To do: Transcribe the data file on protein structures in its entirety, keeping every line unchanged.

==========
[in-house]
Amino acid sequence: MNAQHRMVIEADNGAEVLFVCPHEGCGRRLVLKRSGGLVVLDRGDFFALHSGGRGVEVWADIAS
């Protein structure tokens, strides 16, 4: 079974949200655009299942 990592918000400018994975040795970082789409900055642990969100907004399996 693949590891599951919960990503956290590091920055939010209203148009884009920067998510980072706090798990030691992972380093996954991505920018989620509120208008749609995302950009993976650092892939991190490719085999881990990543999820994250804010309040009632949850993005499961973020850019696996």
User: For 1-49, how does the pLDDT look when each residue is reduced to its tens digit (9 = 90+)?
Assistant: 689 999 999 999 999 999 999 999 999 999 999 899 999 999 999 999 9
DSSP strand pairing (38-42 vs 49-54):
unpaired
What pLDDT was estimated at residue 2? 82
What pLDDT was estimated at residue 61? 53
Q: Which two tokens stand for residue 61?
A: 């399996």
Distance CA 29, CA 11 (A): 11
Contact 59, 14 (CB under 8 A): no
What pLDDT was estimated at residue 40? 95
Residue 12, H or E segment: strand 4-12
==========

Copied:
[in-house]
Amino acid sequence: MNAQHRMVIEADNGAEVLFVCPHEGCGRRLVLKRSGGLVVLDRGDFFALHSGGRGVEVWADIAS
């Protein structure tokens, strides 16, 4: 079974949200655009299942 990592918000400018994975040795970082789409900055642990969100907004399996 693949590891599951919960990503956290590091920055939010209203148009884009920067998510980072706090798990030691992972380093996954991505920018989620509120208008749609995302950009993976650092892939991190490719085999881990990543999820994250804010309040009632949850993005499961973020850019696996």
User: For 1-49, how does the pLDDT look when each residue is reduced to its tens digit (9 = 90+)?
Assistant: 689 999 999 999 999 999 999 999 999 999 999 899 999 999 999 999 9
DSSP strand pairing (38-42 vs 49-54):
unpaired
What pLDDT was estimated at residue 2? 82
What pLDDT was estimated at residue 61? 53
Q: Which two tokens stand for residue 61?
A: 């399996």
Distance CA 29, CA 11 (A): 11
Contact 59, 14 (CB under 8 A): no
What pLDDT was estimated at residue 40? 95
Residue 12, H or E segment: strand 4-12